The Calder Valley Search and Rescue Team is today marking the moorland tragedy which led to its creation 50 years ago.
On November 29, 1965, Robert Akrigg, a 55-year-old reservoir keeper set out in treacherous conditions to check the water gauges from the Gorple Cottages near Hebden Bridge, but never returned.
Water Board employees accompanied by the police, local farmers and estate keepers were joined by Mountain and Fell Rescue Team members from across the north of England to begin the search
As the week progressed, the search mounted in intensity and by the third day, more than 300 people were searching the moors and stayed from first light until dark without success. With the passing of days, the hope of finding Mr Akrigg alive diminished but the searchers never gave up.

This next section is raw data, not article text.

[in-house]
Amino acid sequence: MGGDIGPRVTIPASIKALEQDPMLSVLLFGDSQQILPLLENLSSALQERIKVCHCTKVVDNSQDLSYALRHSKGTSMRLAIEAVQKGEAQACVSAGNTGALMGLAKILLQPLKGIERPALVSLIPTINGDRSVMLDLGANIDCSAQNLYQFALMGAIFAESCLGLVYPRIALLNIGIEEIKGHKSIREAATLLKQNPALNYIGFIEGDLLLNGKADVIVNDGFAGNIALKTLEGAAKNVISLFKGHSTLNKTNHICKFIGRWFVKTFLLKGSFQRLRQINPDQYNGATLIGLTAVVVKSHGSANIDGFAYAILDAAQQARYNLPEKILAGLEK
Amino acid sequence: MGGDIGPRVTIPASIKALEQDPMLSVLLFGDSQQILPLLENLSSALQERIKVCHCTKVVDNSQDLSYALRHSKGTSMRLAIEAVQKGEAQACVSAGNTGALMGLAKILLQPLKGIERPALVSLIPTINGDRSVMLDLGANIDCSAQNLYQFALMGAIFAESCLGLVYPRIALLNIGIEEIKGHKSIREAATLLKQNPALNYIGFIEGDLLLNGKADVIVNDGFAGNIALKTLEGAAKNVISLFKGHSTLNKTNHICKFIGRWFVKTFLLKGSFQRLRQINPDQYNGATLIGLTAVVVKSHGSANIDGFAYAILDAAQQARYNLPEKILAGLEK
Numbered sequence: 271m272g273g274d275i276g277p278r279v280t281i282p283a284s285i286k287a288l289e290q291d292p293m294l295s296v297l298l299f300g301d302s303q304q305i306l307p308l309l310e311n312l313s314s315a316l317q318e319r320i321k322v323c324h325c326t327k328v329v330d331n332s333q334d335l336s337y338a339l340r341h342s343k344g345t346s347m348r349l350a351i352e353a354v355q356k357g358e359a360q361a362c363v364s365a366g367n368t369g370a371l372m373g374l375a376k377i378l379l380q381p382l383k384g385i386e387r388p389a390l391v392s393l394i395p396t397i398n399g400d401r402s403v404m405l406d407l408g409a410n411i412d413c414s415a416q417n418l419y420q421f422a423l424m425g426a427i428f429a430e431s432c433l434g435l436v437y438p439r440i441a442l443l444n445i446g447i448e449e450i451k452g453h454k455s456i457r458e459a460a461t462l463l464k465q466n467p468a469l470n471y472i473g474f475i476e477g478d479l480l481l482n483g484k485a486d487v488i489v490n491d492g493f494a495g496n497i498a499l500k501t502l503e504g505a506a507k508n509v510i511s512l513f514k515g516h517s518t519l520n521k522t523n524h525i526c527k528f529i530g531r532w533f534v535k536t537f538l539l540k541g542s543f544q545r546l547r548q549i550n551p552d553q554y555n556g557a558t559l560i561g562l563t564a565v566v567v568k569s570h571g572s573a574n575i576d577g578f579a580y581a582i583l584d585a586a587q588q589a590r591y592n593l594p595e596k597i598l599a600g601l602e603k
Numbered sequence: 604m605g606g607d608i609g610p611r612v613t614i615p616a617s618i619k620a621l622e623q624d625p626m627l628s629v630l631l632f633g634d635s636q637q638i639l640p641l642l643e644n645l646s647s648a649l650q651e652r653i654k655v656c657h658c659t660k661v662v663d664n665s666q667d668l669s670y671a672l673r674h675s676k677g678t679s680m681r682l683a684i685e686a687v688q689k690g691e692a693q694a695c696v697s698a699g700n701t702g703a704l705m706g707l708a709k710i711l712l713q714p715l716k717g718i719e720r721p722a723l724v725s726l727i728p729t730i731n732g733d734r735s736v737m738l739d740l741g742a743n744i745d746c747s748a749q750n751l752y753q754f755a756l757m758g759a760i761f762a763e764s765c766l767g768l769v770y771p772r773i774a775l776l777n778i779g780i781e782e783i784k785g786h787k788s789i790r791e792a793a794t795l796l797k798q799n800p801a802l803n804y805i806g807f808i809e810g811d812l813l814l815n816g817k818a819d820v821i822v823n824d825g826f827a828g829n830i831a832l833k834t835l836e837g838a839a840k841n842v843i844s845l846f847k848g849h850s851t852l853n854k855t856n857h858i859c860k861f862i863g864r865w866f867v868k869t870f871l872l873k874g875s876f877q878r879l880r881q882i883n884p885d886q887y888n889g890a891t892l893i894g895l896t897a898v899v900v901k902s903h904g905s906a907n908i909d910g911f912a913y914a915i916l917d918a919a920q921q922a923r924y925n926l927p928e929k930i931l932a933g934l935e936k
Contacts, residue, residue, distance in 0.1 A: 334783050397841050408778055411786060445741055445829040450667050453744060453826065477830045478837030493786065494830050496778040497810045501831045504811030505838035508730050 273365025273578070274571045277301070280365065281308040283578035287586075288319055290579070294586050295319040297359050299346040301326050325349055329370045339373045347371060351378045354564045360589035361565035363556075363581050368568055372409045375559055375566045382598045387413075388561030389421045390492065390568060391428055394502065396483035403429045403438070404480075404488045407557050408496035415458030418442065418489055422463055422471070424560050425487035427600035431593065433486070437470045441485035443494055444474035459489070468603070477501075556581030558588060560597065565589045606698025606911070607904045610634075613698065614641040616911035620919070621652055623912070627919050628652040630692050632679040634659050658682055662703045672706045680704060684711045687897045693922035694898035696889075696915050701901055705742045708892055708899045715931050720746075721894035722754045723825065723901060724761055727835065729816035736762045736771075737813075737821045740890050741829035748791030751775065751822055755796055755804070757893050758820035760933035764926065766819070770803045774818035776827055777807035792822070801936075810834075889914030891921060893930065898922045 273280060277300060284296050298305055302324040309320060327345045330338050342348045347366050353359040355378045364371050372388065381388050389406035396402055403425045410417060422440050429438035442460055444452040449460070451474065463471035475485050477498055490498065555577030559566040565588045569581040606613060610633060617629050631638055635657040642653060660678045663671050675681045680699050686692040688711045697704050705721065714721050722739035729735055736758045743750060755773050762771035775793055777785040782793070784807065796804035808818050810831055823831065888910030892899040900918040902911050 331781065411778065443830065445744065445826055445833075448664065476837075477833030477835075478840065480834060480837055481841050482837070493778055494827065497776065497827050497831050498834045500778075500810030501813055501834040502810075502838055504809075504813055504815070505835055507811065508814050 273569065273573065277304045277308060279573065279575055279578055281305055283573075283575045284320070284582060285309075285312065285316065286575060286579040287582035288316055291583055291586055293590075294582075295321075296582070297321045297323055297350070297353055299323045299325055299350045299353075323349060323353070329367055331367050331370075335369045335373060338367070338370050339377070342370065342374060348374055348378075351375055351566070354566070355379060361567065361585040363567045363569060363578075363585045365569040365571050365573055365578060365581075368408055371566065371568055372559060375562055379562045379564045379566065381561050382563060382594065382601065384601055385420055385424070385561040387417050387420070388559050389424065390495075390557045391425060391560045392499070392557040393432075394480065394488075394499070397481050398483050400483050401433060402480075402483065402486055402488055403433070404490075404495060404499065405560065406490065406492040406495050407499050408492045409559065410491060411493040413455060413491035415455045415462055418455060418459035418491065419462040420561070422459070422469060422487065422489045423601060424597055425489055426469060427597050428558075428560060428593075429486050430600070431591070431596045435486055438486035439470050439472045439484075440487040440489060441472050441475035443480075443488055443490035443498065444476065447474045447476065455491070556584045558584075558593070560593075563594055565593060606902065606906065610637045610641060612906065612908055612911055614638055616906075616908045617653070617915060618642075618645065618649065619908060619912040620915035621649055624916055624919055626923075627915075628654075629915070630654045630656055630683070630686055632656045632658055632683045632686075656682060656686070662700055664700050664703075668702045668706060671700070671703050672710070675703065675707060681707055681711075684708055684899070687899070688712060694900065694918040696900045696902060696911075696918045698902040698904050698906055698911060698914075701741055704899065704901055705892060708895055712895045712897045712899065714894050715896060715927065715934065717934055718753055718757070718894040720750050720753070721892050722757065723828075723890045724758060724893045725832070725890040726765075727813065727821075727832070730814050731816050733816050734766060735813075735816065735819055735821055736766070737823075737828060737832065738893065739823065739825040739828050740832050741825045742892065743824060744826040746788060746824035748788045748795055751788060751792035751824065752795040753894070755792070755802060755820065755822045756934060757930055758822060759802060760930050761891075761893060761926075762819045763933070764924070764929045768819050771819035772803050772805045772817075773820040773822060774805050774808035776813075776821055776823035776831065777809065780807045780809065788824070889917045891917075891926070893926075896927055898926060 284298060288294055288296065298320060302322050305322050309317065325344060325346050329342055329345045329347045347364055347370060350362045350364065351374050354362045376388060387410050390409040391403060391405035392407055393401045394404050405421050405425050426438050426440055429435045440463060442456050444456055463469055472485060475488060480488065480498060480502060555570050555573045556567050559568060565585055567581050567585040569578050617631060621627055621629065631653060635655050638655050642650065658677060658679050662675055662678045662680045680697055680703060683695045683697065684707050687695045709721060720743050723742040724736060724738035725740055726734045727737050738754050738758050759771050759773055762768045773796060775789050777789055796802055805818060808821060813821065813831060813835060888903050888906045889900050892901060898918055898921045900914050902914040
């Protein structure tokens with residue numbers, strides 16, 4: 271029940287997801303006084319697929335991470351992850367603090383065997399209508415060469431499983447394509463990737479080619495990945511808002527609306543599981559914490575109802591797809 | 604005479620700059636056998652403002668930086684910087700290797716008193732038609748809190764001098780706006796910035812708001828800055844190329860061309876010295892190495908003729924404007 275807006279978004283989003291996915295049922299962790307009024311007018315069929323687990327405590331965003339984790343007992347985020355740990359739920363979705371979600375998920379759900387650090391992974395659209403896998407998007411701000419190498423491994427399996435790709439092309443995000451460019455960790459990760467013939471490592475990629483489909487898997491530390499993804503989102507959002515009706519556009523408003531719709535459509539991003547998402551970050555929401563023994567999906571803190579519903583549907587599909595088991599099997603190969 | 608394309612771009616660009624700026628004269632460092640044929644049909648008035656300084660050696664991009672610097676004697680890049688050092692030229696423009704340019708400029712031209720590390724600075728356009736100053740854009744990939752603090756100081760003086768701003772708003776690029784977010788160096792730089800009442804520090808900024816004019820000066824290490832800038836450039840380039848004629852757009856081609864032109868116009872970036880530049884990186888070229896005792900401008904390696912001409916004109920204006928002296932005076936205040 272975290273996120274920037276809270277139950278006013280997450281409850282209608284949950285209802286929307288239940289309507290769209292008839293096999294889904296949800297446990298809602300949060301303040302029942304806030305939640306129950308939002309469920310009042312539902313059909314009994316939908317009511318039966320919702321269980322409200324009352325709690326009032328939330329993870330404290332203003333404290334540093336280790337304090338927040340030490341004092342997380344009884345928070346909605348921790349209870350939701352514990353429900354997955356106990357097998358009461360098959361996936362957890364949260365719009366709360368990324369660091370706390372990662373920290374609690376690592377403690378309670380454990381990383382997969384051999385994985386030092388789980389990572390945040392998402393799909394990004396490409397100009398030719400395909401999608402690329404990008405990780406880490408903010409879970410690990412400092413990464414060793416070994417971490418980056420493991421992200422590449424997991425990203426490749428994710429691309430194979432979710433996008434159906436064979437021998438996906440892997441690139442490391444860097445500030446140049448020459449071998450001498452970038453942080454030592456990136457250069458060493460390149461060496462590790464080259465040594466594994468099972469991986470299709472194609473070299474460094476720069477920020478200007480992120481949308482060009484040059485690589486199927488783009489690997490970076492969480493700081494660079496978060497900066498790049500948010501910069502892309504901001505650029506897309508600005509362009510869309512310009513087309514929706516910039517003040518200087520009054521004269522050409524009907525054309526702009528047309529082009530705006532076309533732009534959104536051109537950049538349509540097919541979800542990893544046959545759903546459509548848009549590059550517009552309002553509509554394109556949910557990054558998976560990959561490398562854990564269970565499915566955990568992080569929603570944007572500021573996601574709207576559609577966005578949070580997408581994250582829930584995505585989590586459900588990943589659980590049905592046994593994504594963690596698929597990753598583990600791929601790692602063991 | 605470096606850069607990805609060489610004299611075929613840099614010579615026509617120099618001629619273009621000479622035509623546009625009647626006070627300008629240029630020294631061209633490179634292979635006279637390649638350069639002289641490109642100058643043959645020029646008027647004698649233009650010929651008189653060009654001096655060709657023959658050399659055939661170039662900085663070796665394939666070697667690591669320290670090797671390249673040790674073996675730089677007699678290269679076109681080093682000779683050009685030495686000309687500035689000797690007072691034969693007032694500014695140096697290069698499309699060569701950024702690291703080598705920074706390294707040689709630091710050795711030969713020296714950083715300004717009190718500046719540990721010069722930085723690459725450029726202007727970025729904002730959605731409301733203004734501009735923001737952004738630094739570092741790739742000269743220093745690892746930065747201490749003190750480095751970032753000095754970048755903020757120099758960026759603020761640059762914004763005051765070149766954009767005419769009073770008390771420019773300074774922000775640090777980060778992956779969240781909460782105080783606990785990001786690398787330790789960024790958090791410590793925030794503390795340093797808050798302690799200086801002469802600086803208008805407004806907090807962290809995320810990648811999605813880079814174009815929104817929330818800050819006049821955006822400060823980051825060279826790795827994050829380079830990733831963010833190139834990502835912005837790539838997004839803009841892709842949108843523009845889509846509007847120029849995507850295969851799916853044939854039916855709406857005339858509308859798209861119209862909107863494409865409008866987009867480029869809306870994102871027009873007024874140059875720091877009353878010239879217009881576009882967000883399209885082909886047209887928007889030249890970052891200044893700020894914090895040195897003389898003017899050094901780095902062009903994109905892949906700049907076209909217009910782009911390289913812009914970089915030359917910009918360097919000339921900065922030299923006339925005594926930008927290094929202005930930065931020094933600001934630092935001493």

Throughout the search, the wintry conditions were relentless with biting cold wind, causing an icy ‘smoke’ over the whole moors.
Tragically, Mr Akrigg wasn’t found during the search and it was only when the heavy snows of that winter receded around two months later that his body was discovered.
As a result of the tragedy, an inaugural meeting was held in early 1966 at Hebden Bridge Council Offices with more than 30 people attending.
At the meeting, Mr Wally Keay, a former leader with Wharfedale Fell Rescue Team, said: “There’s nothing heroic or romantic about being in a rescue team - just per cent inspiration and 95 per cent hard slogging.
“The first priority of a new team is training in navigation and first aid.”
During this meeting Calder Valley Moorland Rescue Association was formed and they sought the help of Hebden Bridge St. Johns Ambulance Brigade to assist with the First Aid training.
On Saturday, February 6, Calder Valley Search and Rescue Team will be holding a Celebration Service at St Michaels Church, Mytholmroyd, to mark the team’s 50th Anniversary.